Masterminded by a Kansas farm boy-turned-West Point-educated general, D-Day is often cited as the turning point of World War II. As dawn began to break on June 6, 1944, soldiers, sailors, and airmen from 12 nations executed General Dwight D. Eisenhower’s Operation Overlord and carried out the largest amphibious attack in history.
While there are hundreds of World War II museums, memorials, and other sites around the world, the invasion of Northern France was a significant victory against the Axis powers and helped change the course of history.
From the sandy beaches of Normandy to the modest red-brick school building in Reims where the Germans surrendered, ending the six-year global conflict, these are the most moving World War II sites to visit in France.
1. Museum Of The Liberation Of Paris, Paris
The newly restored Museum of the Liberation of Paris recently opened in conjunction with the 75th anniversary of the city’s release from Nazi power. Located in Paris’s 14th arrondissement, just across the avenue from the Catacombs of Paris, this beautiful 18th-century gatehouse chronicles the actions of Jean Moulin and General Philippe Leclerc, two of the most prominent figures of the French Resistance.
2. Museum Of National Resistance, Champigny-Sur-Marne
Less than 10 miles to the east in Champigny-sur-Marne, the National Resistance Museum is located in a 19th-century mansion overlooking the Marne River. There is currently no fee to visit this collection, which focuses on the French Resistance between 1929 and 1947.
It is important to note that this World War II museum is one of several dedicated to the Resistance throughout France. You’ll find similar experiences in Lyon, Grenoble, and Limoges.
3. Pegasus Museum And Memorial, Ranville
Leaving the City of Lights and heading northwest toward the English Channel, the Pegasus Museum and Memorial in Ranville pays homage to the men of the 6th Airborne Division of the British Army. Several hours before the D-Day invasion, they surprised the German forces, capturing the Pegasus Bridge that spanned two parallel waterways, the Canal de Caen a la Mer and the Orne River. This pre-invasion act was essential for clearing a route for the troops scheduled to land on Sword Beach at the break of dawn.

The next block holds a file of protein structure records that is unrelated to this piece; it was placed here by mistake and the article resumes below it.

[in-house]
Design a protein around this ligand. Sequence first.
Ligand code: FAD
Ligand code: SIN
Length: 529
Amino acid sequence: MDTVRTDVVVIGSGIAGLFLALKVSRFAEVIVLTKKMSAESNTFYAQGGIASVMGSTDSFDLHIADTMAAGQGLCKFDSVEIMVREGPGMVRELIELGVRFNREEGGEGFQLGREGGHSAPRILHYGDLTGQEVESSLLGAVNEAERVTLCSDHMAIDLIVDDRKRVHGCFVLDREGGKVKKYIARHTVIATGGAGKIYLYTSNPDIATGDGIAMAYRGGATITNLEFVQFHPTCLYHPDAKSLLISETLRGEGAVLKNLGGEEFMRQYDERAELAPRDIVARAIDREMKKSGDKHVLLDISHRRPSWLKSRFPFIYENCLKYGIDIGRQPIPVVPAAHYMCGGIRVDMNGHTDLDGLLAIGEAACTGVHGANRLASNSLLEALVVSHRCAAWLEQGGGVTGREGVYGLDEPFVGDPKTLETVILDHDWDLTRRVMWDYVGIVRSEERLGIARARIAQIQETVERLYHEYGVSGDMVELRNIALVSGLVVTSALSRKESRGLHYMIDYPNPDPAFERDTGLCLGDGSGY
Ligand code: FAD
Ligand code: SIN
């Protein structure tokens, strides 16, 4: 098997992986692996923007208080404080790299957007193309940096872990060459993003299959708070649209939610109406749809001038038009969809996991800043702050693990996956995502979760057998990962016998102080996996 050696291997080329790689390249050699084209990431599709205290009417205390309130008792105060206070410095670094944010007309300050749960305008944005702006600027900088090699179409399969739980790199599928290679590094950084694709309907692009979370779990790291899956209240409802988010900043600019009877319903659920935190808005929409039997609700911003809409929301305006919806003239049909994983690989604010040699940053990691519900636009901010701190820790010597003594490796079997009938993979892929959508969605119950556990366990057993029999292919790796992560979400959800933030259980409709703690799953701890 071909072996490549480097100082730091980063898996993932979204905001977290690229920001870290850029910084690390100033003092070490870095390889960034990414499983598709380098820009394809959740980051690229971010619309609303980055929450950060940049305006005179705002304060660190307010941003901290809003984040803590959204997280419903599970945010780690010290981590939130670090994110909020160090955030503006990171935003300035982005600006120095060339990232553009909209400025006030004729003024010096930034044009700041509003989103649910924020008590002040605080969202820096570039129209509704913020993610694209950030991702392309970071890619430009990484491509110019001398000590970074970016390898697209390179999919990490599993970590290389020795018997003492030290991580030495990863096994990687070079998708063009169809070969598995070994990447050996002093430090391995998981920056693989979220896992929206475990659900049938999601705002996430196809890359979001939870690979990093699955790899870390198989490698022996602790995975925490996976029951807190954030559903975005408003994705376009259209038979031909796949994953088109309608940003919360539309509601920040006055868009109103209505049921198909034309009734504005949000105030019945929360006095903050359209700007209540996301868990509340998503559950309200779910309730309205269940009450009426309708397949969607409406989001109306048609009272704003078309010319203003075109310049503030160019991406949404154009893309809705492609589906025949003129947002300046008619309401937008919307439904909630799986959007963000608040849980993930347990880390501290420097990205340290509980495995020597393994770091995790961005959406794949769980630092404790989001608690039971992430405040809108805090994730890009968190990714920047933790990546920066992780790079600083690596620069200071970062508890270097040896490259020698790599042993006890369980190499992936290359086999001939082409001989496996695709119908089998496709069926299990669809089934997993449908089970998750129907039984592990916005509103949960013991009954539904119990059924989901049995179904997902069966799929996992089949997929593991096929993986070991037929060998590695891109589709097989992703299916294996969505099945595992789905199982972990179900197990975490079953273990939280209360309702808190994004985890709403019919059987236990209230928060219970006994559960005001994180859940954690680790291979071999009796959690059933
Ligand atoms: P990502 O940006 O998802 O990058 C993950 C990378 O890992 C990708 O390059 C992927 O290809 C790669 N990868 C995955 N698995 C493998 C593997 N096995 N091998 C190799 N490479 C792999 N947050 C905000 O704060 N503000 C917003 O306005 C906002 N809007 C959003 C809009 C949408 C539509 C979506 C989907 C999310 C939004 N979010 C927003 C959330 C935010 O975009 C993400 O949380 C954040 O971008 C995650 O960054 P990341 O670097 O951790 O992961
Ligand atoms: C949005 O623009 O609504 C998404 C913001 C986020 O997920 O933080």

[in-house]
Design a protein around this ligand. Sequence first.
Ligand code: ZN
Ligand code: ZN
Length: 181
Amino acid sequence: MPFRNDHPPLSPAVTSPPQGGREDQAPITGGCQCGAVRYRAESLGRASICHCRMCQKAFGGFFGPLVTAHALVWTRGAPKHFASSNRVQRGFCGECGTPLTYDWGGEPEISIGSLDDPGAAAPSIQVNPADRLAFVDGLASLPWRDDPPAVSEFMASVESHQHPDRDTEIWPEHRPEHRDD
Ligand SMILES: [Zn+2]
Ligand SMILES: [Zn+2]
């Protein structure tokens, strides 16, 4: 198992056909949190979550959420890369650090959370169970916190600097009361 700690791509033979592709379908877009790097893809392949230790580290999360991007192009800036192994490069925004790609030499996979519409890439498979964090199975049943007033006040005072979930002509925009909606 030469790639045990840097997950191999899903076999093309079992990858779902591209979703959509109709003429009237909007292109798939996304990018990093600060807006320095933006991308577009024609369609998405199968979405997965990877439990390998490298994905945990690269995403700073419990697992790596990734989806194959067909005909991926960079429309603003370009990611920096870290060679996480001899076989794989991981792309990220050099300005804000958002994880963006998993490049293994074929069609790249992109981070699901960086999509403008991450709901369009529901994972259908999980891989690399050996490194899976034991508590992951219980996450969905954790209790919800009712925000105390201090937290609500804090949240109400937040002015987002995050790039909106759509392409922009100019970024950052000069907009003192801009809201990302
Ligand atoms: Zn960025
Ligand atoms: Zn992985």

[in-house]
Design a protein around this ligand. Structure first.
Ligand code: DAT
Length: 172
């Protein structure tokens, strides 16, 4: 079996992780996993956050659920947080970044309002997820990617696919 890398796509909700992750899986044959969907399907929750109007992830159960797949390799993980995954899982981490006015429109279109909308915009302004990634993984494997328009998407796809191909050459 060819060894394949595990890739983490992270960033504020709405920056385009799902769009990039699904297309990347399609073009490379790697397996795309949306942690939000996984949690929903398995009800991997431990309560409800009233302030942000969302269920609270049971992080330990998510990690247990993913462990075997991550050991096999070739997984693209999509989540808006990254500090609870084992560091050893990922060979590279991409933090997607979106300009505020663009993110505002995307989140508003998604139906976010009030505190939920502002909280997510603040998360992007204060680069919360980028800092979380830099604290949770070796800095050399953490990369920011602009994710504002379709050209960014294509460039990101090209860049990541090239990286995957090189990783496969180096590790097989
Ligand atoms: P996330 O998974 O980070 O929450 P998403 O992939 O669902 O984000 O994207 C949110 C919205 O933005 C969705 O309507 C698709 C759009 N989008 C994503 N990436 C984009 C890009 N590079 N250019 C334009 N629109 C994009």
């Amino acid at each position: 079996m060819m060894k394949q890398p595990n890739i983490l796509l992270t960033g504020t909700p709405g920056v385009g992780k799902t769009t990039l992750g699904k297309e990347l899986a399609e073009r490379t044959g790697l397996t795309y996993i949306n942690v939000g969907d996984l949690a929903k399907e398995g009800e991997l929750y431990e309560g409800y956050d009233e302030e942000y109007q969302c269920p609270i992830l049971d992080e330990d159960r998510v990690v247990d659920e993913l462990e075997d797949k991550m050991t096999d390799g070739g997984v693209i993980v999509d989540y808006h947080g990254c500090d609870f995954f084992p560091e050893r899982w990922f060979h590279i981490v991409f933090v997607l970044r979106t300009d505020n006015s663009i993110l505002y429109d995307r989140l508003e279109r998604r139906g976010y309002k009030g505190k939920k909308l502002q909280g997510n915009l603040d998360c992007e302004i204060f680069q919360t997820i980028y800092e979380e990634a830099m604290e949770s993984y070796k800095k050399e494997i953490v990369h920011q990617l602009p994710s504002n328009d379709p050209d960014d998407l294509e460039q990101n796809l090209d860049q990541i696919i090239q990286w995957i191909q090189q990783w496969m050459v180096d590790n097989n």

4. Caen Memorial Museum, Caen
Cross the Pegasus Bridge and head to the northern edge of the city of Caen to visit the Caen Memorial Museum. The recommended starting point for your visit leads down a dark spiraling walkway that details the lingering turmoil from World War I that led to World War II. After covering World War II in great detail, the museum addresses post-World War II issues like the Cold War.
5. Beaches Of Normandy
The 50 miles of coast stormed by the Allies on D-Day were divided into five beaches that stretched from Ouistreham, directly north of Caen, to Vierville-sur-Mer. While American forces led the invasion of the western beaches of Utah and Omaha, British and Canadian troops commanded the surprise attack on Gold, Juno, and Sword Beaches to the east.
If time allows, I recommend visiting each of these beaches, because learning about World War II from the perspective of the other nations is incredibly enlightening.
My recommendations from east to west:
The Grand Bunker Museum is a five-story German command center that displays everything from German machinery and equipment to examples of everyday life in the concrete fortress.
To better understand the contributions Canada made to World War II, visit the Juno Beach Centre.
Continuing westward, the Gold Beach Museum details how Britain prepared for and participated in D-Day.
The Omaha Beach Memorial Museum honors the 2,400 men who died on Omaha Beach during the invasion of Normandy.